The Gray Man is the second Russo brothers film post-Avengers: Endgame. The movie begins with Fitz (Billy Bob Thornton) offering Six (Ryan Gosling) a deal — come work for the CIA as a trained assassin, which means immediate commutation of his jail sentence. Despite the death sentence attached to the CIA deal, Six figures being out of jail would allow him to live life a little, before his eventual death while on a mission. So he says yes and becomes one of the best in the business.
Things take a turn during one of his missions, when he’s forced to take out a man who’s in the same program as him. He becomes aware of the dirty, unsanctioned ways of Denny Carmichael (Regé-Jean Page), and decides to send the drive with all the incriminating information to a trusted friend instead of handing it over to the CIA. Desperate to get his hands on the drive, Carmichael sends in Lloyd Hansen (Chris Evans), a private contractor who isn’t afraid to colour outside the lines. Evans is truly the standout here, and seems to relish playing this villainous role. He’s chewing scenery with every single line delivery while wearing the tightest pants imaginable in every single scene.
Gosling also does well as the reticent hero, and because he’s pretty humorous, this allowed for some fun banter between him and Evans. Ana de Armas plays Dani Miranda, a CIA agent caught between the conflict between Six and Carmichael. It’s a pretty one note character, and despite being involved in quite a few action sequences here, none of them can top her one scene in No Time To Die. The same fate befalls Jessica Henwick’s character Suzanne, who doesn’t do much besides shout at Lloyd about his unhinged ways. Even Regé-Jean Page, who has charisma by the truckloads, doesn’t really have much space to shine here.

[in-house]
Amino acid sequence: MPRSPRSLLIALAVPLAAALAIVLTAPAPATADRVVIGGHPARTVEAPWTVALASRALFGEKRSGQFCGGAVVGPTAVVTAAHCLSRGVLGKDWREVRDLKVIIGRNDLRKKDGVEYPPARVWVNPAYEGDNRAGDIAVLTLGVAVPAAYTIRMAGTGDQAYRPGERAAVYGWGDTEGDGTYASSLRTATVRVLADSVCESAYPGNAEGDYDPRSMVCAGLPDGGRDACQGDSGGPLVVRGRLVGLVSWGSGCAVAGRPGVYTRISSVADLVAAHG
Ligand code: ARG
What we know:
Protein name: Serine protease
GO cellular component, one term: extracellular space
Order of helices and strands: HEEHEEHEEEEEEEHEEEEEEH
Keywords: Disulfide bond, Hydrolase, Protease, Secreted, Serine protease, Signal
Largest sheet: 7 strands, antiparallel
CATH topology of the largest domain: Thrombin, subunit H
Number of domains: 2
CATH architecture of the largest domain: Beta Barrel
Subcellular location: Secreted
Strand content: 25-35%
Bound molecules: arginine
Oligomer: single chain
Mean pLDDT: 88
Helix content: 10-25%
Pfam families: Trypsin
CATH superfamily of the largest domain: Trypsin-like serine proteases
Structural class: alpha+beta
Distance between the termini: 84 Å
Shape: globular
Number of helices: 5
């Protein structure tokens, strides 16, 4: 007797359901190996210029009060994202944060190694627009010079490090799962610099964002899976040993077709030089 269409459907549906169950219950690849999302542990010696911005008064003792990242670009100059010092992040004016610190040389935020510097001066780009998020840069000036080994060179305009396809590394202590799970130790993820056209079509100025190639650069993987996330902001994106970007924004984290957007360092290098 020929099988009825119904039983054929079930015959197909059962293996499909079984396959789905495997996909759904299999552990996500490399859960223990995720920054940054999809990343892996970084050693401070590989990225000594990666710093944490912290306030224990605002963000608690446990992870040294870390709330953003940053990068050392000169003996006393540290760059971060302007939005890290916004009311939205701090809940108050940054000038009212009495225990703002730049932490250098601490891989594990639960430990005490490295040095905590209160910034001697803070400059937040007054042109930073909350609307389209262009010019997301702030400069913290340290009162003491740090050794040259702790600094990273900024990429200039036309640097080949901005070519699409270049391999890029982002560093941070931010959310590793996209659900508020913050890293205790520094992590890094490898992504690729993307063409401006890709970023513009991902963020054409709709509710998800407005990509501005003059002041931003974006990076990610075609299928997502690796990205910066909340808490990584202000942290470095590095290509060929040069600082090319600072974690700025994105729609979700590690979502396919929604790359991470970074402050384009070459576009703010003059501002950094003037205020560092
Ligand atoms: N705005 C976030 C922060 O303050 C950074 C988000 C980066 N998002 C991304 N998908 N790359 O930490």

Much like the Russo brothers’ previous movie Cherry, the style here is excessive, and sometimes all it adds up to is chaos and confusion, rather than proper tension and stakes.
Watching this movie reminded me of an interview I had with director John Badham, who spoke about the issues plaguing modern action movies. Speaking about Quantum of Solace in particular, he said: “Unfortunately, we’re treated to a lot of assaultive noise, sound, crashes, and things like that, which is okay but by the end, we are left with an empty feeling; it’s just not as effective. It’s a shame, especially with all the hard work they went through to make that, that they missed that point.”
This is exactly how I feel about The Gray Man. There are numerous action set pieces in this movie, but of the lot, only a few actually make an impact, which is a shame because the cast is great. There are only two action set pieces of note, namely the Prague scene, as well as the showdown between Lloyd and Six. The drone shots are cool, but everything else is simply a bit too much of everything. There’s too much fireworks and pink smoke until it eventually obscures everything and most of the action has to be viewed through squinting eyes.
The plot is pretty standard action spy stuff, with the whole cat and mouse game going on between Lloyd and Six. While the narrative used flashbacks to introduce characters and relationships, they aren’t done well and sometimes it’s difficult to discern the difference between the past and present. There are some heavy-handed moments as well, where snippets of the past are used to draw some parallel to the present, and instead of being impactful, it feels more contrived.
The Gray Man is alright for an action movie on Netflix, but isn’t quite in the big leagues. I do hope that if the franchise continues, they’ll hand things off to a different director so it can evolve into something akin to James Bond or John Wick, instead of a movie that kind of feels one and done.
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